Saturday, July 7, 2012

A New Look at the Old Days: Tell Me a Story

Tell Me a Story:  Stories from a Childhood in Old New York
by Bea Gold
Publisher: Outskirts Press, Parker, CO 80134
Jan 2012

Available at Amazon

When I was young, there was always a certain feeling when I was around the old folks, particularly my father's parents, who had come to the US as quite young adults from Eastern Europe.  I never could put my finger on it, until now that is.

Bea Gold's book “Tell Me a Story:  Stories from a Childhood in Old New York” is what most would call a “coffee table book” -  lots of pictures and not much text – but the stories, while they could be told to children with only one or two exceptions, are very compelling.  They speak to a culture and way of living that was hinted at in what I saw in my  grandparents,  yet one most people have no memory of in our far more comfortable times.  The time frame is the 30s and 40s, when the US was going through both the first Great Depression and World War II,  but this set of tales has a horizon much closer to home: -- the ethnic neighborhoods of Old New York.

Chinese food was to be had by going to Chinatown.  If you wanted German sausage, you went to the German section of town.  You could pick the chicken you wanted at the butcher's and watch as it was sent to the hereafter.  Things didn't cost much, but not many people had money.   Immigrants had a different view of “stuff.”  Credit was not even on the radar, so if you didn't have something, you saved up for it, did  without it or improvised something close to it that you could afford.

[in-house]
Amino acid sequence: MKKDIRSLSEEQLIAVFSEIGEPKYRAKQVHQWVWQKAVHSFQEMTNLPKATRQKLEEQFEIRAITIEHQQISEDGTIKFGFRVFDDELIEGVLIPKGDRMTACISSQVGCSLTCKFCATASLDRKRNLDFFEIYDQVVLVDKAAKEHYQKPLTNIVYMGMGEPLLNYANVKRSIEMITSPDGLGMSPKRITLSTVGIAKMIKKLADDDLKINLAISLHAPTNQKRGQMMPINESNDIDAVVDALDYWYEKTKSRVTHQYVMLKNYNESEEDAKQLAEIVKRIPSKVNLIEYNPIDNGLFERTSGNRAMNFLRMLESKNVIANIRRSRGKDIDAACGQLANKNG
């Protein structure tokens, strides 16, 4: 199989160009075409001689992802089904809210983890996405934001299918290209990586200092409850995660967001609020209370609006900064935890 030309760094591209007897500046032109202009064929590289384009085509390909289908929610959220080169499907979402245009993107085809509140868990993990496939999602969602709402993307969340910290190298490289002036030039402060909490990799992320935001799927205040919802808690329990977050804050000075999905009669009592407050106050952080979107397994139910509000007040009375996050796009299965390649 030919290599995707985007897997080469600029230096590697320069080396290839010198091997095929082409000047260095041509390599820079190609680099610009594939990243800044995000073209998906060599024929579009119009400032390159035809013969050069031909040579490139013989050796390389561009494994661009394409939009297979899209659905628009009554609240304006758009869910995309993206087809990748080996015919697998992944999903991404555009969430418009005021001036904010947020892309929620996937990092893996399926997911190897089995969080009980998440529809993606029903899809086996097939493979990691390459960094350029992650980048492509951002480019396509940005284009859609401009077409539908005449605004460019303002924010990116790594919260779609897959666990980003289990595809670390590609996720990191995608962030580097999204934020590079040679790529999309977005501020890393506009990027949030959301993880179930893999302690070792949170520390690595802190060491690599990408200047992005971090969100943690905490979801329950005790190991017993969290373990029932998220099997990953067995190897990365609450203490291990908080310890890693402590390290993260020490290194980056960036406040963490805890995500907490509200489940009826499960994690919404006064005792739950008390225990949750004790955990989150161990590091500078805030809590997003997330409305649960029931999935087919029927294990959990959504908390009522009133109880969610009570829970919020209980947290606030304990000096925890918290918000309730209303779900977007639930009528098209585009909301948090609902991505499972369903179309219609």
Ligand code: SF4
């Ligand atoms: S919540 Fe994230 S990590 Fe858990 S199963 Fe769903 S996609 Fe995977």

Medical conditions that could be simply taken care of at a clinic today caused deaths, particularly heartbreaking when they were children,  and some things had to be accepted because there was no way to control them.  Because life was harder,  and time to grieve was difficult to come by, it was important to move on, even when children died.  Many had witnessed terrible things before coming to America, and knew they'd moved on before, and those  stories are there as well. 

The full-page illustrations are Bea Gold's paintings  They have a haunting quality; the colors are not the pastels and jewel tones of today, but the darker colors of Old Europe, but the warmth in them is palpable. They remind me of that feeling I used to get when my grandfather came in the room (I was very small) with his old fashioned suit and a big cigar.  He was not of my world, and the world he came from was a mystery to me, but I knew it was fascinating.  

Bea helps to show some of that world – it is nostalgia for sure, but for a world most of us never got to see.  It brings a better perspective on both the history of the times (relationships with a war on, for example, and the patchwork neighborhoods of New York) as well as a clearer view of the European sensibilities that the immigrants brought with them.  I'd love to see this approach taken for all immigrant groups.  It would really help with gaining an understanding of the roots of other cultures, and the humans that live at the heart of every culture.

Tell Me a Story lets us live in the world of Bea's childhood , where we can see day to day lives unfold in a way that a textbook can't provide.   I'd recommend  this book to anyone, especially those who want to give their children a sense of history, the ability to look deeper into cultures different from their own, and an understanding that life, even a few generations back, was very different from what they know today.

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